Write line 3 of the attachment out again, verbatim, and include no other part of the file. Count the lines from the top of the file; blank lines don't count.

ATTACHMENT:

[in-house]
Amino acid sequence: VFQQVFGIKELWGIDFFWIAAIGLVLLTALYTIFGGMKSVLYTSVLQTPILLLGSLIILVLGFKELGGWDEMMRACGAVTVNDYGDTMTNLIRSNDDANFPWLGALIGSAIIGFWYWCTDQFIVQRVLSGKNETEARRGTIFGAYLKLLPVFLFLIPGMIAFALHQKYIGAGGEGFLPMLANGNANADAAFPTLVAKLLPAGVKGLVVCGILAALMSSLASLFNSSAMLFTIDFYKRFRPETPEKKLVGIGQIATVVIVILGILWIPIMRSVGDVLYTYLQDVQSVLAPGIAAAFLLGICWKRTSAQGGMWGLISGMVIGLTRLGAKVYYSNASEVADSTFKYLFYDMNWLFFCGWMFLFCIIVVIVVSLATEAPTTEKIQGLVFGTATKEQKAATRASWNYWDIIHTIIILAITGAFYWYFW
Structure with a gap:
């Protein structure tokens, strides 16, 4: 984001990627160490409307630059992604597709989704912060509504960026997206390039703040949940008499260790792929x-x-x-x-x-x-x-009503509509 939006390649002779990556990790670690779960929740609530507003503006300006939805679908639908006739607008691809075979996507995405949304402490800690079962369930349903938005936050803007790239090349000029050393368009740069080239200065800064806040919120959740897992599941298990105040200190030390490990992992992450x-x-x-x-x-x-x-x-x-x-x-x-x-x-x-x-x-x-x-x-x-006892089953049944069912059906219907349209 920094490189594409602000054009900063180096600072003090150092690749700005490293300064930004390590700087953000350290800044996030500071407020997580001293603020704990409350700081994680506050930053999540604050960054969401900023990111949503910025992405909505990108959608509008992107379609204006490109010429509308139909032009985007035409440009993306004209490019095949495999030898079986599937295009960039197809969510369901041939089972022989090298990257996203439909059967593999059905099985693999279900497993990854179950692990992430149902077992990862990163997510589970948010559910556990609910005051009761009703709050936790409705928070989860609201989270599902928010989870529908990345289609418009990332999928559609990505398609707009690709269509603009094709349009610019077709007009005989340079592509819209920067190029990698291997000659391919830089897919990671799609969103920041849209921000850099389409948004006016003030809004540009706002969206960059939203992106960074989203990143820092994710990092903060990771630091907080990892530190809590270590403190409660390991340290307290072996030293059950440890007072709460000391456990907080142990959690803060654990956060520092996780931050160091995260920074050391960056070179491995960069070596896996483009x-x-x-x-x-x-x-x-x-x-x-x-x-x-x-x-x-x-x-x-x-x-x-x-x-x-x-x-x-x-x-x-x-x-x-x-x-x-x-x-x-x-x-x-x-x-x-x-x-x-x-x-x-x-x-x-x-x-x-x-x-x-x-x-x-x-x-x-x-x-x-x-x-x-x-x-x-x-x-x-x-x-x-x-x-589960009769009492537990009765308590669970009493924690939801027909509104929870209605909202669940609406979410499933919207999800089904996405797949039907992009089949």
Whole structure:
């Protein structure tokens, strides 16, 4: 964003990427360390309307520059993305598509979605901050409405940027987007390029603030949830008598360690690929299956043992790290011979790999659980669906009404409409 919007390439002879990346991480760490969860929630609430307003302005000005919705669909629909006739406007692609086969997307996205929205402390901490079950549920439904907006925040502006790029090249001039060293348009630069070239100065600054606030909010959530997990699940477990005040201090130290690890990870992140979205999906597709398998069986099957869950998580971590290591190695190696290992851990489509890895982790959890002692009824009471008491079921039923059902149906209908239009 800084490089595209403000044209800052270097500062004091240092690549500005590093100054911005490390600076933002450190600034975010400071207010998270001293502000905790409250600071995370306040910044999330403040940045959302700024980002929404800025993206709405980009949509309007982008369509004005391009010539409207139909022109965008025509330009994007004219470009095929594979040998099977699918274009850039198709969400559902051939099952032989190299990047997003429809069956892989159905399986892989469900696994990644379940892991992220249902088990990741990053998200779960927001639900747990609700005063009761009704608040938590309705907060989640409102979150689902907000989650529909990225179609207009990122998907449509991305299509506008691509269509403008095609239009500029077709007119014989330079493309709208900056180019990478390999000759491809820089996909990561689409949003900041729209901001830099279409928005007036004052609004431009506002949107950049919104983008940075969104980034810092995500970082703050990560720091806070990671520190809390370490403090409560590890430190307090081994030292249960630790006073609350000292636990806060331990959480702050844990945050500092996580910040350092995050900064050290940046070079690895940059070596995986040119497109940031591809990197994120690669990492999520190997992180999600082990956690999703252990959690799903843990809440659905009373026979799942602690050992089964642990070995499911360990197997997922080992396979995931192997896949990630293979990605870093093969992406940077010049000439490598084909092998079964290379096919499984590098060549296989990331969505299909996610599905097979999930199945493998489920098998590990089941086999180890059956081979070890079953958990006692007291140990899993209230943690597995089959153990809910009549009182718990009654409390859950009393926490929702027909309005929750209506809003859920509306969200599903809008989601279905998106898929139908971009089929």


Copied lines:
Structure with a gap: